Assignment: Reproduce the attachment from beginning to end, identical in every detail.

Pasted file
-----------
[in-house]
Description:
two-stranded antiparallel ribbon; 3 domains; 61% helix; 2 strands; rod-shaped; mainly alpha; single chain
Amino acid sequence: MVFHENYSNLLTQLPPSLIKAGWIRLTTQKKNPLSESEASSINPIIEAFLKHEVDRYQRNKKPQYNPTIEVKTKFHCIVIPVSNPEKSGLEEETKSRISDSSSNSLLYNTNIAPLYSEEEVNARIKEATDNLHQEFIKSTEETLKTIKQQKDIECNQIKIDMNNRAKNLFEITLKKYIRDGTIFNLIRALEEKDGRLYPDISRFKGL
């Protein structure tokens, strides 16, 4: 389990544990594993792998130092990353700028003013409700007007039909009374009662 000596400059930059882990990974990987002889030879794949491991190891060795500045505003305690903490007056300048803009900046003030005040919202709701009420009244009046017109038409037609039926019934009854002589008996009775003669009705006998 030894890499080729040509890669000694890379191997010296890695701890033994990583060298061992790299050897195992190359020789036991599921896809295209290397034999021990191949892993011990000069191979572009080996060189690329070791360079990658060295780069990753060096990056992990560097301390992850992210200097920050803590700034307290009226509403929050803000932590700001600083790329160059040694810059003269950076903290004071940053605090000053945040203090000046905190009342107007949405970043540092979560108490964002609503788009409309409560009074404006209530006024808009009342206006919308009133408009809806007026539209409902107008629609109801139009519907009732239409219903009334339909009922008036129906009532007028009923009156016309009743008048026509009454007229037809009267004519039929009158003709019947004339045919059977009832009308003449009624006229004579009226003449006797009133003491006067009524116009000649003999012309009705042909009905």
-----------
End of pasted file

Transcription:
[in-house]
Description:
two-stranded antiparallel ribbon; 3 domains; 61% helix; 2 strands; rod-shaped; mainly alpha; single chain
Amino acid sequence: MVFHENYSNLLTQLPPSLIKAGWIRLTTQKKNPLSESEASSINPIIEAFLKHEVDRYQRNKKPQYNPTIEVKTKFHCIVIPVSNPEKSGLEEETKSRISDSSSNSLLYNTNIAPLYSEEEVNARIKEATDNLHQEFIKSTEETLKTIKQQKDIECNQIKIDMNNRAKNLFEITLKKYIRDGTIFNLIRALEEKDGRLYPDISRFKGL
């Protein structure tokens, strides 16, 4: 389990544990594993792998130092990353700028003013409700007007039909009374009662 000596400059930059882990990974990987002889030879794949491991190891060795500045505003305690903490007056300048803009900046003030005040919202709701009420009244009046017109038409037609039926019934009854002589008996009775003669009705006998 030894890499080729040509890669000694890379191997010296890695701890033994990583060298061992790299050897195992190359020789036991599921896809295209290397034999021990191949892993011990000069191979572009080996060189690329070791360079990658060295780069990753060096990056992990560097301390992850992210200097920050803590700034307290009226509403929050803000932590700001600083790329160059040694810059003269950076903290004071940053605090000053945040203090000046905190009342107007949405970043540092979560108490964002609503788009409309409560009074404006209530006024808009009342206006919308009133408009809806007026539209409902107008629609109801139009519907009732239409219903009334339909009922008036129906009532007028009923009156016309009743008048026509009454007229037809009267004519039929009158003709019947004339045919059977009832009308003449009624006229004579009226003449006797009133003491006067009524116009000649003999012309009705042909009905």